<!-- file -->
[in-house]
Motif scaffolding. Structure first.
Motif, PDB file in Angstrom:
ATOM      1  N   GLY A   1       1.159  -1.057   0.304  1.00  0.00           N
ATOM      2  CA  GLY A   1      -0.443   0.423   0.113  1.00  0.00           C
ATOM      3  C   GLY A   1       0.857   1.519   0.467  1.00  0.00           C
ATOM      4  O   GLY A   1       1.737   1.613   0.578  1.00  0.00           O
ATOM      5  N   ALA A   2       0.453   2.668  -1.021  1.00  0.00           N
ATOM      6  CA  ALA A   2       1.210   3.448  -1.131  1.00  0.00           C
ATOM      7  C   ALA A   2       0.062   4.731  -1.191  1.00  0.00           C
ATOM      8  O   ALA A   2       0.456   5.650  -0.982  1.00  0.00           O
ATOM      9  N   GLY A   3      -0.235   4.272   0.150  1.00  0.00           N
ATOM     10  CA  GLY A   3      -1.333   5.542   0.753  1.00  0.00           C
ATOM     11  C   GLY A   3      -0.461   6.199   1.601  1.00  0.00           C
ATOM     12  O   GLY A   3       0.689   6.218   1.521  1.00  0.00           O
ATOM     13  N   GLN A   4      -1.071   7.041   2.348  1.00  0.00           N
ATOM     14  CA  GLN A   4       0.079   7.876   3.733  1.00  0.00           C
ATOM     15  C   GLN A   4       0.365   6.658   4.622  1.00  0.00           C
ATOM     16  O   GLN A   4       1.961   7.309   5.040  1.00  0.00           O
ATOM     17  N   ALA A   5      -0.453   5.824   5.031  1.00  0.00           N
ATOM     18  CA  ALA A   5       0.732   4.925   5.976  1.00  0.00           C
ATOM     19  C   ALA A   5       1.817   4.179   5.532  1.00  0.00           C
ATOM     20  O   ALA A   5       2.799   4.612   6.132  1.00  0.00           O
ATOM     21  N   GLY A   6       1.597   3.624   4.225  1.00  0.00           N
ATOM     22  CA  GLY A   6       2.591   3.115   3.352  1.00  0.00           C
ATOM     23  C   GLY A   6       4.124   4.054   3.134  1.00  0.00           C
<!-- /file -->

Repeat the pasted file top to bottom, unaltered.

[in-house]
Motif scaffolding. Structure first.
Motif, PDB file in Angstrom:
ATOM      1  N   GLY A   1       1.159  -1.057   0.304  1.00  0.00           N
ATOM      2  CA  GLY A   1      -0.443   0.423   0.113  1.00  0.00           C
ATOM      3  C   GLY A   1       0.857   1.519   0.467  1.00  0.00           C
ATOM      4  O   GLY A   1       1.737   1.613   0.578  1.00  0.00           O
ATOM      5  N   ALA A   2       0.453   2.668  -1.021  1.00  0.00           N
ATOM      6  CA  ALA A   2       1.210   3.448  -1.131  1.00  0.00           C
ATOM      7  C   ALA A   2       0.062   4.731  -1.191  1.00  0.00           C
ATOM      8  O   ALA A   2       0.456   5.650  -0.982  1.00  0.00           O
ATOM      9  N   GLY A   3      -0.235   4.272   0.150  1.00  0.00           N
ATOM     10  CA  GLY A   3      -1.333   5.542   0.753  1.00  0.00           C
ATOM     11  C   GLY A   3      -0.461   6.199   1.601  1.00  0.00           C
ATOM     12  O   GLY A   3       0.689   6.218   1.521  1.00  0.00           O
ATOM     13  N   GLN A   4      -1.071   7.041   2.348  1.00  0.00           N
ATOM     14  CA  GLN A   4       0.079   7.876   3.733  1.00  0.00           C
ATOM     15  C   GLN A   4       0.365   6.658   4.622  1.00  0.00           C
ATOM     16  O   GLN A   4       1.961   7.309   5.040  1.00  0.00           O
ATOM     17  N   ALA A   5      -0.453   5.824   5.031  1.00  0.00           N
ATOM     18  CA  ALA A   5       0.732   4.925   5.976  1.00  0.00           C
ATOM     19  C   ALA A   5       1.817   4.179   5.532  1.00  0.00           C
ATOM     20  O   ALA A   5       2.799   4.612   6.132  1.00  0.00           O
ATOM     21  N   GLY A   6       1.597   3.624   4.225  1.00  0.00           N
ATOM     22  CA  GLY A   6       2.591   3.115   3.352  1.00  0.00           C
ATOM     23  C   GLY A   6       4.124   4.054   3.134  1.00  0.00           C